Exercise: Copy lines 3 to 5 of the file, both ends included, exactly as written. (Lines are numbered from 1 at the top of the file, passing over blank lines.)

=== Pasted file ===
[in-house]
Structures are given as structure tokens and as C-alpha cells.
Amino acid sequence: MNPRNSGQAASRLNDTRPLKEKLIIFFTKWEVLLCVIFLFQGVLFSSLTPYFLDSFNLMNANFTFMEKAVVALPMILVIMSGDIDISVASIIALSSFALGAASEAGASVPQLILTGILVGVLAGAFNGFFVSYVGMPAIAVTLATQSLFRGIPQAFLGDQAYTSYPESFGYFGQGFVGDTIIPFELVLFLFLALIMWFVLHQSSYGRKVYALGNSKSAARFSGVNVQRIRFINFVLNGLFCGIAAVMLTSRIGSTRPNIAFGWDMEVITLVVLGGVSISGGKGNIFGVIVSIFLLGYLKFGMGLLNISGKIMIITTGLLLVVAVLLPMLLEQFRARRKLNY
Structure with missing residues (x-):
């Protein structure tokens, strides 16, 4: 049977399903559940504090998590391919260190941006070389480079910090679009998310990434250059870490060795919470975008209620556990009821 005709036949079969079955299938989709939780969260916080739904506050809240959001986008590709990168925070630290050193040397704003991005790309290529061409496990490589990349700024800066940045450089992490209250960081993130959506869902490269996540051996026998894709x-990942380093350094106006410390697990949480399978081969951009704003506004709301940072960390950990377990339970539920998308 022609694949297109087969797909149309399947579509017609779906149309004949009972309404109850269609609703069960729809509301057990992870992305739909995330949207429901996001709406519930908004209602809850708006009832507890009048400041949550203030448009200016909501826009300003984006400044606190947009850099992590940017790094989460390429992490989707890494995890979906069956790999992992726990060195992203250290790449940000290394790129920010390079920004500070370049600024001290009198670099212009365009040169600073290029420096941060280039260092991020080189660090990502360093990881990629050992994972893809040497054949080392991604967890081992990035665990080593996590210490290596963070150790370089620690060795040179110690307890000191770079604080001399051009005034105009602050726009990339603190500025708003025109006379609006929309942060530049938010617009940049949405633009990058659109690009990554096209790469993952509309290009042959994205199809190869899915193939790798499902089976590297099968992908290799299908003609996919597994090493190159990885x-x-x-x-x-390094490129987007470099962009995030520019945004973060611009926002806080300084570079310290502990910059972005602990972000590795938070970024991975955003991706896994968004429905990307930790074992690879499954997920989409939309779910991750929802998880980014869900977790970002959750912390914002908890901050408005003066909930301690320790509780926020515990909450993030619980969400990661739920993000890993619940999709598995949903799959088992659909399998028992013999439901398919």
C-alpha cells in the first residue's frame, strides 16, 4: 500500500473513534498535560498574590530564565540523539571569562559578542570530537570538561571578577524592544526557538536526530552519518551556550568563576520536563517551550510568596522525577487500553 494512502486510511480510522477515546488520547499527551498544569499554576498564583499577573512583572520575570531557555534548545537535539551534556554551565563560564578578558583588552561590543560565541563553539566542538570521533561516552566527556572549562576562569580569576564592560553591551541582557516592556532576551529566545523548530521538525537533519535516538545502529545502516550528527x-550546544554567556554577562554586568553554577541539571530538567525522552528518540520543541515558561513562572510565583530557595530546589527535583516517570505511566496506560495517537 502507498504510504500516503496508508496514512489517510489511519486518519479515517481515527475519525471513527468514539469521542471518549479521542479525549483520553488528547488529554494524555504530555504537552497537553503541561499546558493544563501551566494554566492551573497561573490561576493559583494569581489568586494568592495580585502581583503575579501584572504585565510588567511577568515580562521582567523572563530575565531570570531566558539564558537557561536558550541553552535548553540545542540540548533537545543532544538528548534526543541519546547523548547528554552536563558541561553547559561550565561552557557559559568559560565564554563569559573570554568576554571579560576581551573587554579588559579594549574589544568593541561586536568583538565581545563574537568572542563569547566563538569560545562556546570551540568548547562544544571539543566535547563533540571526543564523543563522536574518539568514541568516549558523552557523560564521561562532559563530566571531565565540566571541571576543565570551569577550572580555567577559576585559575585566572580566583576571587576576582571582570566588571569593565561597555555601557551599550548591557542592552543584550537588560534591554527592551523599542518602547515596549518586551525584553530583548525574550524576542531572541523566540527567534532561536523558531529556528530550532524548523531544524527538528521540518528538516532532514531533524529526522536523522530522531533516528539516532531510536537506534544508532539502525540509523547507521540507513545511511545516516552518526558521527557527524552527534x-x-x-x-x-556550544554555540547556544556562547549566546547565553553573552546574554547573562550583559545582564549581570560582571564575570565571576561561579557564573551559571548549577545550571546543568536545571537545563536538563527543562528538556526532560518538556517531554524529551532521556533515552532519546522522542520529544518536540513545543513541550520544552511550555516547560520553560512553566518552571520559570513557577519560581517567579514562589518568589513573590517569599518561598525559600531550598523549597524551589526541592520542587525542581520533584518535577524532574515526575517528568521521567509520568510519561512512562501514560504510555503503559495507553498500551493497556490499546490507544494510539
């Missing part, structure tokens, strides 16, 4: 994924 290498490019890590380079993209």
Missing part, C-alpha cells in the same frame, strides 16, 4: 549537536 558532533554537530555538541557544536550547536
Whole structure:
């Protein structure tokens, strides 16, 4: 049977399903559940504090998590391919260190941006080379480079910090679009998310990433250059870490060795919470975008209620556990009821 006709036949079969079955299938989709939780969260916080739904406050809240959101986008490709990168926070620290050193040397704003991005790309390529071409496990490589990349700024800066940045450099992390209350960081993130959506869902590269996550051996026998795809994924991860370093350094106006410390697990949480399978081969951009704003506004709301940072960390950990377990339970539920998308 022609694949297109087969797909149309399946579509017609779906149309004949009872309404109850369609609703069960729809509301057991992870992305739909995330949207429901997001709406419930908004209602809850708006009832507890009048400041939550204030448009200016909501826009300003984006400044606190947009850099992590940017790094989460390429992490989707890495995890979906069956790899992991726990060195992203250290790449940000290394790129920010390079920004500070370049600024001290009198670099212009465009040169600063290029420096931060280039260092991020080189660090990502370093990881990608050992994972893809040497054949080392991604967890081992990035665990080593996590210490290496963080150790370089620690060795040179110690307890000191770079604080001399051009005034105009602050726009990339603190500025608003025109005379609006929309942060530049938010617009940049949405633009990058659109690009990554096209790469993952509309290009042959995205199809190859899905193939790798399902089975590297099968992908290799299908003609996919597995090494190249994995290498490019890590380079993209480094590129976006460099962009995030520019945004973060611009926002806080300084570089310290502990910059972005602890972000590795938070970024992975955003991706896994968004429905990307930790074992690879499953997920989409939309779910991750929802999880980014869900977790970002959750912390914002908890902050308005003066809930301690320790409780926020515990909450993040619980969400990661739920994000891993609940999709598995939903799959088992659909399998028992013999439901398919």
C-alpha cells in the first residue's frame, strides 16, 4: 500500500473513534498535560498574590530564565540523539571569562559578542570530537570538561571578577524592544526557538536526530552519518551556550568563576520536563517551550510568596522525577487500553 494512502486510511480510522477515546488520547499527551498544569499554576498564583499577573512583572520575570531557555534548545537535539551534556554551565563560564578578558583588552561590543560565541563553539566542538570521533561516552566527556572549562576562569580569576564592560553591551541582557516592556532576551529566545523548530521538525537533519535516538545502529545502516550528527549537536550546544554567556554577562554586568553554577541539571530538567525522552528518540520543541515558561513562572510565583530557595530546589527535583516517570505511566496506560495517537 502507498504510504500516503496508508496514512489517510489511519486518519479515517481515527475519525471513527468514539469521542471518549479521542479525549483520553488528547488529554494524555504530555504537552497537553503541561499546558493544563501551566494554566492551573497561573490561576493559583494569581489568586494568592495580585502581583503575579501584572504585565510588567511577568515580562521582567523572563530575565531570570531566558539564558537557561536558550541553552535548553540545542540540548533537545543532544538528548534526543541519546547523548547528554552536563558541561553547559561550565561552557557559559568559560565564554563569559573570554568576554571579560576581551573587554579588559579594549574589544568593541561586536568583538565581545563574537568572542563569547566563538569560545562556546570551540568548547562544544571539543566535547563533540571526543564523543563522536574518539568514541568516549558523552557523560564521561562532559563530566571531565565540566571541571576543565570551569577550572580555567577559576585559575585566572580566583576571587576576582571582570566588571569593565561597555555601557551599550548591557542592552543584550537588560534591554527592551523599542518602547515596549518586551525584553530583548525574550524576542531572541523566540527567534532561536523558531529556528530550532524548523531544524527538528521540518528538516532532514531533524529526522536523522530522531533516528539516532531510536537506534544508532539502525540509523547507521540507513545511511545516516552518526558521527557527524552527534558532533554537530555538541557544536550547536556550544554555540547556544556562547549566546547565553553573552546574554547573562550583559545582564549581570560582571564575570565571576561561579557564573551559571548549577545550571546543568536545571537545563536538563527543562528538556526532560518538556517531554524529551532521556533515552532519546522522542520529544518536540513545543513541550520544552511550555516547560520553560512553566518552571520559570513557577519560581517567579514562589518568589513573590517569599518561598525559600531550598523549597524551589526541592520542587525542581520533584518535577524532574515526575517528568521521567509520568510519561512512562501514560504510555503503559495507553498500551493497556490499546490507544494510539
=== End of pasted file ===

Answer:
Amino acid sequence: MNPRNSGQAASRLNDTRPLKEKLIIFFTKWEVLLCVIFLFQGVLFSSLTPYFLDSFNLMNANFTFMEKAVVALPMILVIMSGDIDISVASIIALSSFALGAASEAGASVPQLILTGILVGVLAGAFNGFFVSYVGMPAIAVTLATQSLFRGIPQAFLGDQAYTSYPESFGYFGQGFVGDTIIPFELVLFLFLALIMWFVLHQSSYGRKVYALGNSKSAARFSGVNVQRIRFINFVLNGLFCGIAAVMLTSRIGSTRPNIAFGWDMEVITLVVLGGVSISGGKGNIFGVIVSIFLLGYLKFGMGLLNISGKIMIITTGLLLVVAVLLPMLLEQFRARRKLNY
Structure with missing residues (x-):
């Protein structure tokens, strides 16, 4: 049977399903559940504090998590391919260190941006070389480079910090679009998310990434250059870490060795919470975008209620556990009821 005709036949079969079955299938989709939780969260916080739904506050809240959001986008590709990168925070630290050193040397704003991005790309290529061409496990490589990349700024800066940045450089992490209250960081993130959506869902490269996540051996026998894709x-990942380093350094106006410390697990949480399978081969951009704003506004709301940072960390950990377990339970539920998308 022609694949297109087969797909149309399947579509017609779906149309004949009972309404109850269609609703069960729809509301057990992870992305739909995330949207429901996001709406519930908004209602809850708006009832507890009048400041949550203030448009200016909501826009300003984006400044606190947009850099992590940017790094989460390429992490989707890494995890979906069956790999992992726990060195992203250290790449940000290394790129920010390079920004500070370049600024001290009198670099212009365009040169600073290029420096941060280039260092991020080189660090990502360093990881990629050992994972893809040497054949080392991604967890081992990035665990080593996590210490290596963070150790370089620690060795040179110690307890000191770079604080001399051009005034105009602050726009990339603190500025708003025109006379609006929309942060530049938010617009940049949405633009990058659109690009990554096209790469993952509309290009042959994205199809190869899915193939790798499902089976590297099968992908290799299908003609996919597994090493190159990885x-x-x-x-x-390094490129987007470099962009995030520019945004973060611009926002806080300084570079310290502990910059972005602990972000590795938070970024991975955003991706896994968004429905990307930790074992690879499954997920989409939309779910991750929802998880980014869900977790970002959750912390914002908890901050408005003066909930301690320790509780926020515990909450993030619980969400990661739920993000890993619940999709598995949903799959088992659909399998028992013999439901398919």